The decision to stop production at Jaguar's Coventry plant represents the end of an era for the first person to buy a car from the company 70 years ago.
The first Jaguar car was bought by Arnold Hudson
Arnold Hudson, 95, described the decision as a "terrible tragedy".
He spent less than £300 to secure a model before the firm began production and went on to buy 11 other Jaguars.
He met the company's founder Sir William Lyons when he delivered typewriters to its research department in Coventry in the 1930s.
Sold on a sketch
And he ended up ordering a suede green car for himself.
Mr Hudson, who lives near Stone, Staffordshire, said: "On the wall facing me was a sketch of a Jaguar. Well, I was sold straight away.
"I wrote him (William Lyons) a cheque and he couldn't believe it. He said 'I can't believe I've sold one before I've produced one!'
"I want someone to know what the Jaguar owner (would) feel like to think it was to be closed down, the birthplace of my favourite car."
Coventry and Warwickshire Chamber of Commerce said Jaguar's parent company Ford has put together a "fair package".
There will be 400 voluntary redundancies at Browns Lane as production moves to the firm's plant in Castle Bromwich, Birmingham.
But many of the factory's 2,500 workers will transfer to Birmingham, while 310 will remain in Coventry to make wood finishes for Jaguar models.
Chamber of Commerce chief executive, Louise Beard, said: "We are obviously pleased that Browns Lane is not closing and that many of the skilled manufacturing workers will keep their jobs.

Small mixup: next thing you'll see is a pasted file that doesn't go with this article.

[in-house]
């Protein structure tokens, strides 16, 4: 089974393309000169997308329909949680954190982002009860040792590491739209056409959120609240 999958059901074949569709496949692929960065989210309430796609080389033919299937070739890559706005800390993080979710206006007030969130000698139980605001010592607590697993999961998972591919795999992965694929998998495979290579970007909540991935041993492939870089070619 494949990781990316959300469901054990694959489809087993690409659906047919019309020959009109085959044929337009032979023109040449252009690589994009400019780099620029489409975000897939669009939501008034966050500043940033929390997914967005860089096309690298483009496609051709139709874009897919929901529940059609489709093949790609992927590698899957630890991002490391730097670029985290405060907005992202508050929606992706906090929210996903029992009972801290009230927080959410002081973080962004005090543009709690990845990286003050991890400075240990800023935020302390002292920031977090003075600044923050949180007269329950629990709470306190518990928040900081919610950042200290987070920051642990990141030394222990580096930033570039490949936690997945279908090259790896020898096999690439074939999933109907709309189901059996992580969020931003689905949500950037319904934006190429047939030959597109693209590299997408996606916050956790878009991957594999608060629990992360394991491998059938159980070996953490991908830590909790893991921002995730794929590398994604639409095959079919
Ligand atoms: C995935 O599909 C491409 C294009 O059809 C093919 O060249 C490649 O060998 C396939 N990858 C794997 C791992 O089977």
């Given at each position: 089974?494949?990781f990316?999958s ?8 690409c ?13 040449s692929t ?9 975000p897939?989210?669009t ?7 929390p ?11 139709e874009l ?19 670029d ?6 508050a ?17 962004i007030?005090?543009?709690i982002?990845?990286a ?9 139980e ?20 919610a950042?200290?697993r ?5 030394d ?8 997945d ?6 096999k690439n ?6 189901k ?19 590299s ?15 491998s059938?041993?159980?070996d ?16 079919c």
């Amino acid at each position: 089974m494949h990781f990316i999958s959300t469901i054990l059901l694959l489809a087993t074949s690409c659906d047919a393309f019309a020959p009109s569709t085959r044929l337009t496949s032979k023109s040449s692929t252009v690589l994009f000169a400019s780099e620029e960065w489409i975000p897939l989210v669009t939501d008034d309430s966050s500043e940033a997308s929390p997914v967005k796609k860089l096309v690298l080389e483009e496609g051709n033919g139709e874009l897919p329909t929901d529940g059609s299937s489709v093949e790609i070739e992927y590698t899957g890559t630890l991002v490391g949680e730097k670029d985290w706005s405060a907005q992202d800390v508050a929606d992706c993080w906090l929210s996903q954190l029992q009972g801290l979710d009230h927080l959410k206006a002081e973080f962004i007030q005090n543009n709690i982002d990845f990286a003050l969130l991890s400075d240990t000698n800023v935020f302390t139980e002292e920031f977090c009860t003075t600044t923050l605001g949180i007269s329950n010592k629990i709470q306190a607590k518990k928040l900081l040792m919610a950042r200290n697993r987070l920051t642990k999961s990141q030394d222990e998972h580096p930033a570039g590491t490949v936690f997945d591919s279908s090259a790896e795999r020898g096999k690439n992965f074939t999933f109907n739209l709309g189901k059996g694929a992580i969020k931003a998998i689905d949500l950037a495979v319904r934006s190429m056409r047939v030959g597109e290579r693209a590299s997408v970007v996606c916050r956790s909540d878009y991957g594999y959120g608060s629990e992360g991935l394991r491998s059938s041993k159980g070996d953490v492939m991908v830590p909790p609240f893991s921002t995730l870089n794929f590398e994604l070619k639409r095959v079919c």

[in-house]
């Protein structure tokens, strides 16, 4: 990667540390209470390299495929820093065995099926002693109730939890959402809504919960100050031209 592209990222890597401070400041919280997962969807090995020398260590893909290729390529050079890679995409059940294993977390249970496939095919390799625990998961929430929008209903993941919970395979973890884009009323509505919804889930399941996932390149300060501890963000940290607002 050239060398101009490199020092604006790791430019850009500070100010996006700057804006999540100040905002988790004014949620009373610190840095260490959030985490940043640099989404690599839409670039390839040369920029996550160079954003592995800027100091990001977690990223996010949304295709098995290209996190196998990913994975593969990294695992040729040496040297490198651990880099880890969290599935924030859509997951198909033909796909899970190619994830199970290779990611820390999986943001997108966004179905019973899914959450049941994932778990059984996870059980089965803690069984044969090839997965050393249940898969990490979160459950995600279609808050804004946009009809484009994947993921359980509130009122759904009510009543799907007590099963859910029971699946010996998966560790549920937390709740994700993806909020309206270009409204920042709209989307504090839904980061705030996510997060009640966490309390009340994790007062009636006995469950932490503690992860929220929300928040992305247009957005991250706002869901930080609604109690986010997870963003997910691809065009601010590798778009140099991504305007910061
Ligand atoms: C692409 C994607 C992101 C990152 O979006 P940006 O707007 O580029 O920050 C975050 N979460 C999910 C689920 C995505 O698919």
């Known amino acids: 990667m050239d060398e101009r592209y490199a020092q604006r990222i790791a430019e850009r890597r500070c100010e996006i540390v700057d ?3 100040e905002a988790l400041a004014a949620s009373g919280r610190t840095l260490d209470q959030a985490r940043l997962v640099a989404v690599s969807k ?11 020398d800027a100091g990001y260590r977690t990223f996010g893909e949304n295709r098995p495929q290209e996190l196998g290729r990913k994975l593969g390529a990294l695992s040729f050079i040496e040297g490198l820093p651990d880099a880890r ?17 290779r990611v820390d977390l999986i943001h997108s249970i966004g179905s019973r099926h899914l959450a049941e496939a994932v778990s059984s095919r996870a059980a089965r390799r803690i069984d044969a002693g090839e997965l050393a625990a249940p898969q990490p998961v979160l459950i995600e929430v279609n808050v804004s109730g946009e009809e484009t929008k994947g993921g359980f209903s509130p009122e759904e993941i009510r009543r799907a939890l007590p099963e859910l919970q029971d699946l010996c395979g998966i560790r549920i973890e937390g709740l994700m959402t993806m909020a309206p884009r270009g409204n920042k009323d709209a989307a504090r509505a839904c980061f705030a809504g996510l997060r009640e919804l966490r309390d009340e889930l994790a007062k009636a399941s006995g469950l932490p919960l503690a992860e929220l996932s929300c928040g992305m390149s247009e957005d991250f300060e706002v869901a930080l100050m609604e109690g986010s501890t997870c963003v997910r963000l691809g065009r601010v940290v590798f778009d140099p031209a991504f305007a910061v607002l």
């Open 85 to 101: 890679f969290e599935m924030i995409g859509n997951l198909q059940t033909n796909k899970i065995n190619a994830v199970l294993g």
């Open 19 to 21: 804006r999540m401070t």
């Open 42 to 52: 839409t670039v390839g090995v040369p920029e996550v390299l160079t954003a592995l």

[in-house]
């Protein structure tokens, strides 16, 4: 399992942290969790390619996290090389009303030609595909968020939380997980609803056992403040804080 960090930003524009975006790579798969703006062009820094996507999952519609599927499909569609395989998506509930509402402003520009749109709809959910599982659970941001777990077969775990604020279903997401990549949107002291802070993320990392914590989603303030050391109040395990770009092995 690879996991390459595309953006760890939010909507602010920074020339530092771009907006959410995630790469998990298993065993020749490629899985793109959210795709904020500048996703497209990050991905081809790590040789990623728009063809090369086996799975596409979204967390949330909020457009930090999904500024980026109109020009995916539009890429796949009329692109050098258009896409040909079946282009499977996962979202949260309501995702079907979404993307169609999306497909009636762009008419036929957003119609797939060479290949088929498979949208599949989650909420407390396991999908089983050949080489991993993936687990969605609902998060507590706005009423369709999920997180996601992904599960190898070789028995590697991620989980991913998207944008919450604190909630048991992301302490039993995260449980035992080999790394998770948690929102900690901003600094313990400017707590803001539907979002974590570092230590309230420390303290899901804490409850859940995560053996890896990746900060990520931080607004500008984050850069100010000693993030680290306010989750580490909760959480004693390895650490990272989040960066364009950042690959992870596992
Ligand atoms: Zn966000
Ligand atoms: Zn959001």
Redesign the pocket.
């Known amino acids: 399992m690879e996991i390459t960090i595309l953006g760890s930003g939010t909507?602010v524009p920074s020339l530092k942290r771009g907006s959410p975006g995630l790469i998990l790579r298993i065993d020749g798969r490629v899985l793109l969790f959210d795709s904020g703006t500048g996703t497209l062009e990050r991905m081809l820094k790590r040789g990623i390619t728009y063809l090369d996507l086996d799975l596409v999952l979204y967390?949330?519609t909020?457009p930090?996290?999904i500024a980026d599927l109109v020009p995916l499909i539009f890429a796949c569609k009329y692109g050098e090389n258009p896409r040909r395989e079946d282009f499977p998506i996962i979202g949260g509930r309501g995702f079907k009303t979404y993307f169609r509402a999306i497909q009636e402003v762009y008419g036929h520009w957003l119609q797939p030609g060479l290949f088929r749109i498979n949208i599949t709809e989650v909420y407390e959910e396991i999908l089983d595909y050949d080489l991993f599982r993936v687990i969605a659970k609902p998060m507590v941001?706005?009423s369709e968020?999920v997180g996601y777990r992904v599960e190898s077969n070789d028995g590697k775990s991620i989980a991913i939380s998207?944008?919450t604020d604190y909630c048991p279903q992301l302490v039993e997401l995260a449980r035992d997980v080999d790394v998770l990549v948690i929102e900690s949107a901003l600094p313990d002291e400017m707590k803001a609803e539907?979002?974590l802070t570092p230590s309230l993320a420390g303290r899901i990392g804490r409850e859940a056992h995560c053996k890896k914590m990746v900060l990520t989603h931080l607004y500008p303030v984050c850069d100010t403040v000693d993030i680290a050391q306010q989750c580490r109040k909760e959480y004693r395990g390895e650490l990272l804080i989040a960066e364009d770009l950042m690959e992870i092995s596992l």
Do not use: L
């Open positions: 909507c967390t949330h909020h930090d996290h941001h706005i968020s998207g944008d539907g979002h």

"However, the devil is in the detail and there are still many unanswered questions."
Jaguar's headquarters and the wood veneer manufacturing centre will remain at Browns Lane and the firm's product development centre for designing cars will stay at Whitley, also in Coventry.
Shop worker Charlie West-Williams' parents work at Browns Lane
Ms Beard added: "I would urge Ford to ensure that land sold off at Browns Lane is redeveloped as employment land.
"As a result of this plan Coventry will very much still remain the home of Jaguar and I hope we will see sufficient future investment in upskilling the current workforce.
"Our thoughts are with those who will lose their jobs, but can see that Ford has worked hard to radically minimise the number of losses."
However the mood in Allesley village, where the majority of residents work at Browns Lane, was sombre this week.
Shop supervisor Charlie West-Williams, whose parents work at the factory, admits staff face an uncertain future.
She said: "It's going to affect a lot of people.
"Not only that - it's going to be incredibly sad as well because it's part of Coventry's history."
The firm says a science and business park, which already has planning permission, will be developed at Whitley in association with Coventry City Council and local enterprise agencies.